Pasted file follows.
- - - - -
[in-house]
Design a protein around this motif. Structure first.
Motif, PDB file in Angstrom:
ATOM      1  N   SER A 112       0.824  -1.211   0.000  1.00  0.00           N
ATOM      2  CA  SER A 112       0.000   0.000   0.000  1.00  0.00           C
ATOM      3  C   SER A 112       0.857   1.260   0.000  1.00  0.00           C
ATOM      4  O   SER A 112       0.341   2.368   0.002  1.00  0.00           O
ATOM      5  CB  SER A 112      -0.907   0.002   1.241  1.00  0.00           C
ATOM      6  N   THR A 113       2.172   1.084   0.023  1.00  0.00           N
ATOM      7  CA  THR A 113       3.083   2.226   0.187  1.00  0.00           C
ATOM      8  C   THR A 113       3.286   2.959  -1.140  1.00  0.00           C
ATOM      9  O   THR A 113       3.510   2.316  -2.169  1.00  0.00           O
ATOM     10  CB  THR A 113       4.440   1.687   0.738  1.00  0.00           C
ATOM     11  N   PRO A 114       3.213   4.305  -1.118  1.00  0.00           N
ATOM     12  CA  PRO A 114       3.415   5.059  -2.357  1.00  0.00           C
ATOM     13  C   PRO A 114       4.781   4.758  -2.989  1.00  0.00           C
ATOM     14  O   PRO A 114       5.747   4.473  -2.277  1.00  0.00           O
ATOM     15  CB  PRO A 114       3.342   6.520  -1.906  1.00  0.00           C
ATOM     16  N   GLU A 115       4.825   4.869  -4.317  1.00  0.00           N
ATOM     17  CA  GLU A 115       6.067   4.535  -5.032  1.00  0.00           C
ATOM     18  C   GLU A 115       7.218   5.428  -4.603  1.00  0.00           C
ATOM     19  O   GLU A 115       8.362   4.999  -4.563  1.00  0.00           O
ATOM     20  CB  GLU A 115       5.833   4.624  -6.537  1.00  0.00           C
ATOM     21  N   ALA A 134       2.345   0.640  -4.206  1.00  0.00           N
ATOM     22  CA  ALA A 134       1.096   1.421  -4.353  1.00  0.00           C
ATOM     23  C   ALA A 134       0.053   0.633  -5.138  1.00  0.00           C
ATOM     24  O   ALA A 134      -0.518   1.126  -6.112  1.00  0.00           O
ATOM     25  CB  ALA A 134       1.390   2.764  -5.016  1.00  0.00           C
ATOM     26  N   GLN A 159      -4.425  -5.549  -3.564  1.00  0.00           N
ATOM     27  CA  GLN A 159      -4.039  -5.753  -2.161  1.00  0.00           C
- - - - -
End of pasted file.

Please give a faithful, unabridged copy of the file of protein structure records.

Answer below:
[in-house]
Design a protein around this motif. Structure first.
Motif, PDB file in Angstrom:
ATOM      1  N   SER A 112       0.824  -1.211   0.000  1.00  0.00           N
ATOM      2  CA  SER A 112       0.000   0.000   0.000  1.00  0.00           C
ATOM      3  C   SER A 112       0.857   1.260   0.000  1.00  0.00           C
ATOM      4  O   SER A 112       0.341   2.368   0.002  1.00  0.00           O
ATOM      5  CB  SER A 112      -0.907   0.002   1.241  1.00  0.00           C
ATOM      6  N   THR A 113       2.172   1.084   0.023  1.00  0.00           N
ATOM      7  CA  THR A 113       3.083   2.226   0.187  1.00  0.00           C
ATOM      8  C   THR A 113       3.286   2.959  -1.140  1.00  0.00           C
ATOM      9  O   THR A 113       3.510   2.316  -2.169  1.00  0.00           O
ATOM     10  CB  THR A 113       4.440   1.687   0.738  1.00  0.00           C
ATOM     11  N   PRO A 114       3.213   4.305  -1.118  1.00  0.00           N
ATOM     12  CA  PRO A 114       3.415   5.059  -2.357  1.00  0.00           C
ATOM     13  C   PRO A 114       4.781   4.758  -2.989  1.00  0.00           C
ATOM     14  O   PRO A 114       5.747   4.473  -2.277  1.00  0.00           O
ATOM     15  CB  PRO A 114       3.342   6.520  -1.906  1.00  0.00           C
ATOM     16  N   GLU A 115       4.825   4.869  -4.317  1.00  0.00           N
ATOM     17  CA  GLU A 115       6.067   4.535  -5.032  1.00  0.00           C
ATOM     18  C   GLU A 115       7.218   5.428  -4.603  1.00  0.00           C
ATOM     19  O   GLU A 115       8.362   4.999  -4.563  1.00  0.00           O
ATOM     20  CB  GLU A 115       5.833   4.624  -6.537  1.00  0.00           C
ATOM     21  N   ALA A 134       2.345   0.640  -4.206  1.00  0.00           N
ATOM     22  CA  ALA A 134       1.096   1.421  -4.353  1.00  0.00           C
ATOM     23  C   ALA A 134       0.053   0.633  -5.138  1.00  0.00           C
ATOM     24  O   ALA A 134      -0.518   1.126  -6.112  1.00  0.00           O
ATOM     25  CB  ALA A 134       1.390   2.764  -5.016  1.00  0.00           C
ATOM     26  N   GLN A 159      -4.425  -5.549  -3.564  1.00  0.00           N
ATOM     27  CA  GLN A 159      -4.039  -5.753  -2.161  1.00  0.00           C